On Memorial Day, an Elegy to the Eulogy
By Yvonne Shinhoster Lamb
Washington Post Staff Writer
Monday, May 31, 2004; Page C01
This is the season of our collective remembrances -- of bygone wars and warriors whose lives helped to shape our own, whose acts of heroism, great and small, arouse in us a sense of hope.
Memorial Day was created in 1868 as a day to remember those who died in service to our nation, and its poignancy was heightened by the dedication over the weekend of the National World War II Memorial on the Mall. Eulogies have been spoken for the millions who perished for freedom. Many more words of praise will be given across the country today.
Tom Brokaw eulogized the living and the dead in his book "The Greatest Generation," written after he had an epiphany while on assignment for NBC covering the 40th anniversary of D-Day.
"As I walked the beaches with the American veterans who landed there and now returned for this anniversary, men in their sixties and seventies, and listened to their stories in the cafes and inns, I was deeply moved and profoundly grateful for all they had done," Brokaw wrote. "I realized they had been all around me as I was growing up and that I had failed to appreciate what they had been through and what they had accomplished."
Ten years later, Brokaw wrote, he came to understand what this generation meant to history.
"They answered the call to save the world from the two most powerful and ruthless military machines ever assembled, instruments of conquest in the hands of fascist maniacs. They faced great odds and a late start, but they did not protest. They succeeded on every front. They won the war; they saved the world."
A eulogy for a generation. Fond farewells and sad goodbyes. What happens each Memorial Day happens across our vast landscape many times a day, every day. Death comes without prejudice. Rich or poor, celebrity or unknown, it touches all of us eventually. And the eulogies that follow help us to make sense of the loss, to extract some meaning out of what may seem meaningless.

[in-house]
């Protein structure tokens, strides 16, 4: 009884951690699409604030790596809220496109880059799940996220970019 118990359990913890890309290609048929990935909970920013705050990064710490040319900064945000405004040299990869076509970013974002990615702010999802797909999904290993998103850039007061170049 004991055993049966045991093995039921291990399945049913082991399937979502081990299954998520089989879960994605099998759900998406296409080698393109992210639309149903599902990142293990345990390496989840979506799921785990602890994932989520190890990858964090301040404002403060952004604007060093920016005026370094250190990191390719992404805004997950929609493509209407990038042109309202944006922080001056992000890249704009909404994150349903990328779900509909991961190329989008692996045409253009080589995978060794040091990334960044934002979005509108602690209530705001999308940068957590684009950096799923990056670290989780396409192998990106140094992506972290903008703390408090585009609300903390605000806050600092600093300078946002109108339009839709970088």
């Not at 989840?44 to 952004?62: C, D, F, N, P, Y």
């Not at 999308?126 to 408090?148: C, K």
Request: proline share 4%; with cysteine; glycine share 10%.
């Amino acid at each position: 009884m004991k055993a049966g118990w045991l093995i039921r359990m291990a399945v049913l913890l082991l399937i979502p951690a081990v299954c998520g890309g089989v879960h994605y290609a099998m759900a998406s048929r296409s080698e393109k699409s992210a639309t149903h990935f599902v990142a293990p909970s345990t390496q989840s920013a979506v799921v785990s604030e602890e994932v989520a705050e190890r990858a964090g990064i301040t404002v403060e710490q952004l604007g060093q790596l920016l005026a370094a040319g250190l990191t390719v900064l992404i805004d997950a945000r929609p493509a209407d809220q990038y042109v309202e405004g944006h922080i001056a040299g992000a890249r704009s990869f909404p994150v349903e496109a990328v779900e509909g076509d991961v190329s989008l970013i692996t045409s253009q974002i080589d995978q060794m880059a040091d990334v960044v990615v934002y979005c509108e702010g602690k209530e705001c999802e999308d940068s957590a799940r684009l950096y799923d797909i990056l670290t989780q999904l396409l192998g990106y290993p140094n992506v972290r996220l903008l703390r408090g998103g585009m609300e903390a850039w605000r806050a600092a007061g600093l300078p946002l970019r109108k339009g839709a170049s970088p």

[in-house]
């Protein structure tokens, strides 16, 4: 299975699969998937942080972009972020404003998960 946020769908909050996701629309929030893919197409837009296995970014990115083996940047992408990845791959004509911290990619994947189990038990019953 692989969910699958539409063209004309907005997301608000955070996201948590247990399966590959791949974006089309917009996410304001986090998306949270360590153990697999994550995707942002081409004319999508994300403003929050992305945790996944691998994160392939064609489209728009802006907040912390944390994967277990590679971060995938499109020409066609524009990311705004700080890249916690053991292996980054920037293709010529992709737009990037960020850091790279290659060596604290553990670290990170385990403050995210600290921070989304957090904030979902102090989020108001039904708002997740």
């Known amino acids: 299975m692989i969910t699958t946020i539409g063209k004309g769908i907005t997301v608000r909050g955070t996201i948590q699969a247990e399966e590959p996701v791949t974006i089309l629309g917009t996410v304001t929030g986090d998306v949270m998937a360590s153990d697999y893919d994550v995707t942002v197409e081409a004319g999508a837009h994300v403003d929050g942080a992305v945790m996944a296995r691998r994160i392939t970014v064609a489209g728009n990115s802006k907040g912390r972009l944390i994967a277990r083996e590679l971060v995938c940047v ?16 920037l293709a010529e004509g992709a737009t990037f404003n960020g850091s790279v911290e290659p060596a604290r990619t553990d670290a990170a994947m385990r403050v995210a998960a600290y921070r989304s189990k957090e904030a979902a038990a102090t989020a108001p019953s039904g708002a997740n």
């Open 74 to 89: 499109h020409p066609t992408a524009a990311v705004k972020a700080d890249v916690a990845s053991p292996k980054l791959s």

"We are always saying goodbye in this world -- always standing on the edge of loss attempting to retrieve some memory, some human meaning, from the silence -- something which is precious and gone," Adlai Stevenson said in 1962 as he gave the eulogy for his friend Eleanor Roosevelt.
More than the obituary that gives the grand flourishes of a person's life -- the job titles, the accumulated wealth, the academic achievements -- a well-crafted eulogy gives us the small things: the acts of kindness, the special talents, the perspectives that reacquaint us with this friend or relative and remind us of his worth.
Increasingly less the province of pastors and priests, eulogies are more powerful as they become more personal.
"A great eulogy is both art and architectural -- a bridge between the living and the dead," says author Cyrus M. Copeland. "There is something timeless about a well-worded goodbye."
In his book, "Farewell, Godspeed: The Greatest Eulogies of Our Times," Copeland notes that "there are speeches and fanfare. Suddenly our favorite charity is awash in donations. Finally our fifteen minutes have arrived." Contrarily, he says, when our icons die, their eulogies make them human again.
Take Alan Zweibel's eulogy for his longtime friend and writing partner, Gilda Radner: "Even as an adult, she was still a little girl who believed in fairy tales and that if she said 'Bunny, Bunny' on the first day of every month it would bring her love, laughter and peace."
Or Shirley Welk Fredricks talking about her father, Lawrence Welk: "The rigors of travel on the road were an accepted and often relished part of life. We learned very quickly that personal comfort was a low priority -- any old roach motel was fine. Give him hot and cold running water and he felt like a prince."
Copeland says personal insight is crucial to a well-crafted eulogy, while humor helps to lighten the burden of grief. Being honest about the person's life is key: "This is not a time to whitewash someone's humanity. It is time to revel in it." (Even friends and relatives grow annoyed at funerals when glowing comments are made about someone who was mean-spirited and difficult all his life.)
The most compelling tributes challenge us to make a difference with our lives. In his eulogy for three of the four young girls -- Addie Mae Collins, Denise McNair and Cynthia Wesley -- killed in the bombing of a Baptist church in Birmingham in 1963, the Rev. Martin Luther King Jr. issued a "call to conscience."
"We must be concerned not merely about who murdered them, but about the system, the way of life, the philosophy which produced the murders. Their death says to us that we must work passionately and unrelentingly for the realization of the American dream."
Eulogies give us hope, and healing. Whether done in a church by a minister or in a private memorial by a friend, they help to bring the deceased's life -- and ours -- into sharper focus. And by doing so, they help us understand and appreciate the roles we all play in this world.
© 2004 The Washington Post Company